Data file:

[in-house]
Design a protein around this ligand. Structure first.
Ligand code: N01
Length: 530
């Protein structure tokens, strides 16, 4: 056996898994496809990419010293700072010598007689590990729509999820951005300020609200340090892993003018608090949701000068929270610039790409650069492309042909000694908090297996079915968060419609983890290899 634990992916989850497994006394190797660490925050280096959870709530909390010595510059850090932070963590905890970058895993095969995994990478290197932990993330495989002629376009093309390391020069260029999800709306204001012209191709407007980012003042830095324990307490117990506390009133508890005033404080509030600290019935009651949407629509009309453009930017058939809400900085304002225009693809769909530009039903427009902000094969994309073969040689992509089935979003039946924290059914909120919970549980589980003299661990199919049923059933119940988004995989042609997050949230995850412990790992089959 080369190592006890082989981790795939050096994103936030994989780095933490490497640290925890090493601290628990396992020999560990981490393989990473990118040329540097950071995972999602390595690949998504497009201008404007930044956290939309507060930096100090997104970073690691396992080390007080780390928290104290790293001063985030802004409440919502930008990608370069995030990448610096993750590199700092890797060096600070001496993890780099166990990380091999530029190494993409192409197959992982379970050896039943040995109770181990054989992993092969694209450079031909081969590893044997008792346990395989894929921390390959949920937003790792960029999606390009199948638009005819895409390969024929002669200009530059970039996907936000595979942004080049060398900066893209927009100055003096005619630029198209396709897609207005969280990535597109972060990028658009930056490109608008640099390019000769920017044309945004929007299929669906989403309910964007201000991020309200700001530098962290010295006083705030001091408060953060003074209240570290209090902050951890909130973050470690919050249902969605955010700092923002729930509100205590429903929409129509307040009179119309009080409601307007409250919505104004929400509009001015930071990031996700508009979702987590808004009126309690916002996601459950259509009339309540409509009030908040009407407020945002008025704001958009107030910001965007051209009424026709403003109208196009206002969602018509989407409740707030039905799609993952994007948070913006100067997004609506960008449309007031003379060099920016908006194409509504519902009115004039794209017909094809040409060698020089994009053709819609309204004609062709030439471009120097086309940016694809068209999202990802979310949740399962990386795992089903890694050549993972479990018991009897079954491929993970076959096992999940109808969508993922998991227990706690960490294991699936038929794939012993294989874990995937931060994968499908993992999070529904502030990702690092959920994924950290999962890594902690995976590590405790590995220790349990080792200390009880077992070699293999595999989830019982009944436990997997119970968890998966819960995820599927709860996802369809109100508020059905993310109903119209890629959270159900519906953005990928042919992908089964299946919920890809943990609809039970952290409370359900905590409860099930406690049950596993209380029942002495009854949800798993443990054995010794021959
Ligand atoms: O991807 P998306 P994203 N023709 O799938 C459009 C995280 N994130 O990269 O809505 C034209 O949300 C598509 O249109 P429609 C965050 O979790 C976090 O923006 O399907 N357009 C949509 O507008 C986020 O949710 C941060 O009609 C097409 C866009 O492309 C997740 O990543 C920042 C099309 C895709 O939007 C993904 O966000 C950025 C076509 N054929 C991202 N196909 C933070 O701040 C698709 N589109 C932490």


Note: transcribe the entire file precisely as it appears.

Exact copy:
[in-house]
Design a protein around this ligand. Structure first.
Ligand code: N01
Length: 530
């Protein structure tokens, strides 16, 4: 056996898994496809990419010293700072010598007689590990729509999820951005300020609200340090892993003018608090949701000068929270610039790409650069492309042909000694908090297996079915968060419609983890290899 634990992916989850497994006394190797660490925050280096959870709530909390010595510059850090932070963590905890970058895993095969995994990478290197932990993330495989002629376009093309390391020069260029999800709306204001012209191709407007980012003042830095324990307490117990506390009133508890005033404080509030600290019935009651949407629509009309453009930017058939809400900085304002225009693809769909530009039903427009902000094969994309073969040689992509089935979003039946924290059914909120919970549980589980003299661990199919049923059933119940988004995989042609997050949230995850412990790992089959 080369190592006890082989981790795939050096994103936030994989780095933490490497640290925890090493601290628990396992020999560990981490393989990473990118040329540097950071995972999602390595690949998504497009201008404007930044956290939309507060930096100090997104970073690691396992080390007080780390928290104290790293001063985030802004409440919502930008990608370069995030990448610096993750590199700092890797060096600070001496993890780099166990990380091999530029190494993409192409197959992982379970050896039943040995109770181990054989992993092969694209450079031909081969590893044997008792346990395989894929921390390959949920937003790792960029999606390009199948638009005819895409390969024929002669200009530059970039996907936000595979942004080049060398900066893209927009100055003096005619630029198209396709897609207005969280990535597109972060990028658009930056490109608008640099390019000769920017044309945004929007299929669906989403309910964007201000991020309200700001530098962290010295006083705030001091408060953060003074209240570290209090902050951890909130973050470690919050249902969605955010700092923002729930509100205590429903929409129509307040009179119309009080409601307007409250919505104004929400509009001015930071990031996700508009979702987590808004009126309690916002996601459950259509009339309540409509009030908040009407407020945002008025704001958009107030910001965007051209009424026709403003109208196009206002969602018509989407409740707030039905799609993952994007948070913006100067997004609506960008449309007031003379060099920016908006194409509504519902009115004039794209017909094809040409060698020089994009053709819609309204004609062709030439471009120097086309940016694809068209999202990802979310949740399962990386795992089903890694050549993972479990018991009897079954491929993970076959096992999940109808969508993922998991227990706690960490294991699936038929794939012993294989874990995937931060994968499908993992999070529904502030990702690092959920994924950290999962890594902690995976590590405790590995220790349990080792200390009880077992070699293999595999989830019982009944436990997997119970968890998966819960995820599927709860996802369809109100508020059905993310109903119209890629959270159900519906953005990928042919992908089964299946919920890809943990609809039970952290409370359900905590409860099930406690049950596993209380029942002495009854949800798993443990054995010794021959
Ligand atoms: O991807 P998306 P994203 N023709 O799938 C459009 C995280 N994130 O990269 O809505 C034209 O949300 C598509 O249109 P429609 C965050 O979790 C976090 O923006 O399907 N357009 C949509 O507008 C986020 O949710 C941060 O009609 C097409 C866009 O492309 C997740 O990543 C920042 C099309 C895709 O939007 C993904 O966000 C950025 C076509 N054929 C991202 N196909 C933070 O701040 C698709 N589109 C932490």